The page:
In late July, Fellows joined other online predator hunters in Atlantic City to set up stings. That led to four arrests, including one man who is a corporal in the Central Bucks Regional Police Department in Pennsylvania. The police department credited the private citizens for the arrests and the story made evening newscasts on the East Coast.

Two weeks ago, a donor gave $2,000 to Colorado Ped Patrol so Fellows and Hilton could travel to Iowa to catch a predator. The two said they were successful in exposing him to their audience and that they exposed several others while on the trip.

All of the police departments’ spokespeople said their agencies participate in task forces to catch pedophiles and internet predators.

But McNitt admitted the problem of internet predators is growing.

“I would be naive to say we have the time and resources to address all of them,” he said. “It’s a problem in the internet age how many are out there.”

In 2020, the Colorado Internet Crimes Against Children task force, which investigates online predators, received 5,100 cyber tips, Colorado Springs police Sgt. Jason Ledbetter, who is the task force’s deputy commander, said. Of those tips, the task force opened 950 investigations.

The problem grows every year as technology becomes more accessible. For example, the task force received just 829 cyber tips in 2011, Ledbetter said.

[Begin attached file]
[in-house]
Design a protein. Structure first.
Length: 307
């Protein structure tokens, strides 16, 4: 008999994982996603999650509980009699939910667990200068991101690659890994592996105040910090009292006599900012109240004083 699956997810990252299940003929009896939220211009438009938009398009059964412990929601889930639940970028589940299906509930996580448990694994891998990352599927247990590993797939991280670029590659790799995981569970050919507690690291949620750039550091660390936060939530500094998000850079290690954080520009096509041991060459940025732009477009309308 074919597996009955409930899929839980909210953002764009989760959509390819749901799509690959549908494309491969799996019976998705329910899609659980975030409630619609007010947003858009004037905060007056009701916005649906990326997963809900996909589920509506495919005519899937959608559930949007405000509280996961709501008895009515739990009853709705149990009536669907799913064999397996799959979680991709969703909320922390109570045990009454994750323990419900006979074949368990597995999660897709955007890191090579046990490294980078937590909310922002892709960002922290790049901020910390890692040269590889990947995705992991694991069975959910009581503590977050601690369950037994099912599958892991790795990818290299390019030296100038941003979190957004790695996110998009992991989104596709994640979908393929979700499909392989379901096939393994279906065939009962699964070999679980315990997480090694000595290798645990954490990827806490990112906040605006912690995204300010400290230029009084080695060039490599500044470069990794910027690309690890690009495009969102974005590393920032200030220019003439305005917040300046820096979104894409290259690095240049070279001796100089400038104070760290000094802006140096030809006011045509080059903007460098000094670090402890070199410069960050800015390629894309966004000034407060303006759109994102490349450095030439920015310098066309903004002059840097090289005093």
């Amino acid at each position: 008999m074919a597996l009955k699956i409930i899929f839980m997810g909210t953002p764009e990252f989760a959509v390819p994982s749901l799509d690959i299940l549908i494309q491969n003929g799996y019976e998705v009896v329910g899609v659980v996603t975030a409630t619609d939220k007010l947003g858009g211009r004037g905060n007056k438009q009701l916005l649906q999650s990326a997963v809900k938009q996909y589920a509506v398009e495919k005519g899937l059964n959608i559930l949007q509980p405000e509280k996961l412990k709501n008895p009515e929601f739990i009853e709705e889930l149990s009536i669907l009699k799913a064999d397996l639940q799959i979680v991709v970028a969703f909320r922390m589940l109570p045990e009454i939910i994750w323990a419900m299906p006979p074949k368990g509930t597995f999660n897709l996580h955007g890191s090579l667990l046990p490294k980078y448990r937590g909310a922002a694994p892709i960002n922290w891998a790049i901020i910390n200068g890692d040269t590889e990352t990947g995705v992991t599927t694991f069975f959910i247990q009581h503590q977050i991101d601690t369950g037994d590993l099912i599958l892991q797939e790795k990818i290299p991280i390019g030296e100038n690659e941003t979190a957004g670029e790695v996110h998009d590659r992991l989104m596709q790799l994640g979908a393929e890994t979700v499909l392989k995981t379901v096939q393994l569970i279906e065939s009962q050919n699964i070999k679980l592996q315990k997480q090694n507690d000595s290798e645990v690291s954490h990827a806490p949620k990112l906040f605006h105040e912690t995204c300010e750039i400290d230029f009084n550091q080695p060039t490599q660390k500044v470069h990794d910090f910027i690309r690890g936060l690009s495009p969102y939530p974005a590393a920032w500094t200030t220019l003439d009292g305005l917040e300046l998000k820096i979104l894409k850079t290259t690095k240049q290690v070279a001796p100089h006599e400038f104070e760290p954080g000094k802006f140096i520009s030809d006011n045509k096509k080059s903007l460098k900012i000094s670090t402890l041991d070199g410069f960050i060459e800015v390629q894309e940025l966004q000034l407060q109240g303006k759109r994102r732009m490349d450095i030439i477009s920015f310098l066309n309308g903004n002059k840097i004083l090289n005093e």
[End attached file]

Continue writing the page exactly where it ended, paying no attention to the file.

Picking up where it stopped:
“It’s a record every year of how many we’re getting,” he said.

“It’s all about the kids”

Citizen vigilantes trying to bust child predators grew in popularity after the NBC reality show “To Catch A Predator” debuted in 2004. In that show, “Dateline NBC” host Chris Hansen ambushed predators with TV cameras inside a private house after they were lured by decoys to have sex with minors.

But the show ended in 2007 after one of its targets died by suicide during an arrest.

Dozens of online predator hunters operate around the country, drawing hundreds of thousands of viewers to their websites and social media channels.

In June 2019, Michigan Attorney General Dana Nessel issued a warning to people in her state that her office would not tolerate vigilantes after a Grand Rapids man started hunting predators. She called the actions “reckless and dangerous.” Still, that man, who runs the YouTube channel “Anxiety War,” continues his work and has 950,000 subscribers.

Casey Fiesler, an assistant professor of information science at the University of Colorado Boulder, said experts in her field are involved in ongoing debate on the ethics and public benefits of online sleuthing and vigilantism. On one hand, crowdsourcing has solved crimes. On the other, when people get it wrong they ruin others’ lives, she said.